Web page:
There is a construct in naturopathic medicine that I find tremendously helpful in guiding my planning with patients. The therapeutic order reminds me that very few of our "heroic" approaches, whether surgical, pharmaceutical or botanical, will have any lasting value if folks aren't willing or able to change their lifestyles. Yesterday in my office I had two notable young women looking for help to address very physical concerns. In my estimation, one would benefit most from efforts to balance hormones (reproductive, thyroid ... both affected by stress), while the other would likely have significant improvements from a dietary overhaul. The difficulty was that they both - while acknowledging the truth in my assessment - had such busy and stressful lifestyles that they admittedly didn't create space for looking after themselves in even a basic way.
I see this again and again. It's most challenging with individuals who tell me they won't exercise, aren't willing to change their diets, don't have the patience for meditation, can't come in regularly for acupuncture or counselling, and aren't willing to pay for herbs or nutrients. But they want me to "fix" them. I truly wish I had a magic wand. This is an attitude that is perpetuated by our "health" care model - in Canada, one that appears free (through socialized medicine ... as wonderful as it is ... and in many cases, drug coverage through workplace benefits). A model that treats the symptom, or even the condition, without looking at or addressing deeper causes. A person with diabetes taking medication may feel enabled to continue eating sugar and not exercising because the drug is keeping her blood sugar in check. Is she healthier for it overall? Perhaps not, if health is viewed (as the WHO defines) as "a state of complete physical, mental and social well-being and not merely the absence of disease or infirmity".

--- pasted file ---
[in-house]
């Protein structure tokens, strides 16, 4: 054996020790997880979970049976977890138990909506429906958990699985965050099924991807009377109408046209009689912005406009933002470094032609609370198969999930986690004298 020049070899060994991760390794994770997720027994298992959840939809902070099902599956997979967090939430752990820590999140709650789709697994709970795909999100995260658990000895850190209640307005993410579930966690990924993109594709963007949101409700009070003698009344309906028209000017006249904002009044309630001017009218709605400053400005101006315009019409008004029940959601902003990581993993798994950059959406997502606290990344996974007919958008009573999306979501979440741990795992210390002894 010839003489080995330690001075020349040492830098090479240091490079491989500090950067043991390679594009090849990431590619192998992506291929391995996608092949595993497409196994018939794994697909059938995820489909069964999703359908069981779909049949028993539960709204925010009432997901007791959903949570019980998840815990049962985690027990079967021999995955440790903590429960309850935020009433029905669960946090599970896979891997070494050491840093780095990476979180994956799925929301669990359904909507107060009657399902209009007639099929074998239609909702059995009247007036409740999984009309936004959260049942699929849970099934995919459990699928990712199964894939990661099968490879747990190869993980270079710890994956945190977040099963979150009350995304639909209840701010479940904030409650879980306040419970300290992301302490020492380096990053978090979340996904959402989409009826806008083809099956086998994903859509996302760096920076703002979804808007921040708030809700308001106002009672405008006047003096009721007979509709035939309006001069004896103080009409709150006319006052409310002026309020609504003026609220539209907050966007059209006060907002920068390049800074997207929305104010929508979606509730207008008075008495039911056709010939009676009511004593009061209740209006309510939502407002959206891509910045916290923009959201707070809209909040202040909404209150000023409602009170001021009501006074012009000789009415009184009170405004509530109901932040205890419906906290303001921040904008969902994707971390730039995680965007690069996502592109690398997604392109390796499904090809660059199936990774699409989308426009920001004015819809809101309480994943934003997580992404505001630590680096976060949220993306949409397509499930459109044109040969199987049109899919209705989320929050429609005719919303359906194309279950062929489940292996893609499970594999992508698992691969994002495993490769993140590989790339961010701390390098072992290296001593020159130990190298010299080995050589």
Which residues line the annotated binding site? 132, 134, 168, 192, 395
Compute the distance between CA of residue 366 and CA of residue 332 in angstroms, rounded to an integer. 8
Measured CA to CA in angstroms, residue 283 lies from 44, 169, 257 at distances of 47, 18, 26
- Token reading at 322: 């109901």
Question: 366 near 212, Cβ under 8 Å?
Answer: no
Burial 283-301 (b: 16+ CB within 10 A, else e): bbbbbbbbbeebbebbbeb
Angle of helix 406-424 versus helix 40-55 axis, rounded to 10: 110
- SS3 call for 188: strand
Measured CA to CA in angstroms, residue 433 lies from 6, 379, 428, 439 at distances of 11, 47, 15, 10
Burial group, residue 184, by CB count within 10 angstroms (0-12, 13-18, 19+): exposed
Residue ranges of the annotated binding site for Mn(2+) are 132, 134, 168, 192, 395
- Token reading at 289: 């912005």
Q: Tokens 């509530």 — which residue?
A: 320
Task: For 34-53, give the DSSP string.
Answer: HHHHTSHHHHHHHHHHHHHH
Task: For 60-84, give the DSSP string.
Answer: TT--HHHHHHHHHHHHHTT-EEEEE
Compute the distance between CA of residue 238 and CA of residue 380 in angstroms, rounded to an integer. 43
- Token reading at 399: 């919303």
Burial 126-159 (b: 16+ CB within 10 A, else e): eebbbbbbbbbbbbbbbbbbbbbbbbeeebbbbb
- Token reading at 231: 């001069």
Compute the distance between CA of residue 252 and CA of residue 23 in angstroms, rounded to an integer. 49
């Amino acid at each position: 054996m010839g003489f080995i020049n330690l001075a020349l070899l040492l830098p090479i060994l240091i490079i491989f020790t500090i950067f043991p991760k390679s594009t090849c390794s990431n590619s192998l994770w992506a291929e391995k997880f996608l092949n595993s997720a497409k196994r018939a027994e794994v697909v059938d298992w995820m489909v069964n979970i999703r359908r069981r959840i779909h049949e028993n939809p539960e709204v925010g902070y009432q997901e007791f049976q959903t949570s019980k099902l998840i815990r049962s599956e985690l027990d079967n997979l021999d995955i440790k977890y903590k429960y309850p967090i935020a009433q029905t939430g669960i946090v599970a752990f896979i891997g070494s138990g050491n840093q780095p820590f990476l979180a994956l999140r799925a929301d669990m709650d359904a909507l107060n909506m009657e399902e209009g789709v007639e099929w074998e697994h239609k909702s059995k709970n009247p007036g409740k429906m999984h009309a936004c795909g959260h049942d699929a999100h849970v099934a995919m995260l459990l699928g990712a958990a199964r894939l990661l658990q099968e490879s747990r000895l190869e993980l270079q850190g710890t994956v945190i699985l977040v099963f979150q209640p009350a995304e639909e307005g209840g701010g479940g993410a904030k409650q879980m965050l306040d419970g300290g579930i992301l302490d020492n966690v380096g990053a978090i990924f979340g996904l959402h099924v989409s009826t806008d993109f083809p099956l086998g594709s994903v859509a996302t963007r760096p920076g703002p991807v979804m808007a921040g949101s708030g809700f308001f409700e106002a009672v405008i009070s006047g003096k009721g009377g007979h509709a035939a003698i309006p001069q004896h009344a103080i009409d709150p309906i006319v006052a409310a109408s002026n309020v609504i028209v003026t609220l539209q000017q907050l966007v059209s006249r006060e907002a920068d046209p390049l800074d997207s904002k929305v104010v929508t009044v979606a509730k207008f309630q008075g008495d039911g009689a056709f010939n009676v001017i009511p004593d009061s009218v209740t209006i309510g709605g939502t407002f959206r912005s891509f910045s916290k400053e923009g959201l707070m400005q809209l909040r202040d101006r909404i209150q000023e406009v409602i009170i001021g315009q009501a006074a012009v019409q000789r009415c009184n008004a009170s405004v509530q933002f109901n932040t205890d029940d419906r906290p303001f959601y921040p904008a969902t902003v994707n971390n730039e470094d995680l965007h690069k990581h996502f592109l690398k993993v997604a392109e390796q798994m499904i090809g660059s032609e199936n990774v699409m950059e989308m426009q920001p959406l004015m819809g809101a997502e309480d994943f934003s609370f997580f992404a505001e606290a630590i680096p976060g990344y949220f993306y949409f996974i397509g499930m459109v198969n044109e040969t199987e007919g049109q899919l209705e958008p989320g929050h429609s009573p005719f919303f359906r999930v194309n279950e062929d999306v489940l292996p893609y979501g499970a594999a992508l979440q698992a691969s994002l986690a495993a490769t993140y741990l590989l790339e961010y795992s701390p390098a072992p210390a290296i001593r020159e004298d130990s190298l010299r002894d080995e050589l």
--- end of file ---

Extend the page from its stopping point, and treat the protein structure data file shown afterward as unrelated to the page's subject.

Fortunately, both of these young women appreciated this concept. We discussed that in order to truly address their concerns, space needed to be created for them to care for themselves - for them to create more optimal conditions for health. We spent time looking at factors like sleep, exercise, diet, rest, pleasure ... looking for small ways to move toward a lifestyle that didn't present so many obstacles to wellness. They both committed to goals that they felt were manageable, while I recommended condition-specific biochemical support (supplements and herbs) to more directly target their concerns. With the understanding that the fancy stuff in bottles would be far less likely to work if the other efforts were not made.
What obstacles to wellness are in your way? What small steps can you commit to today to create space for health?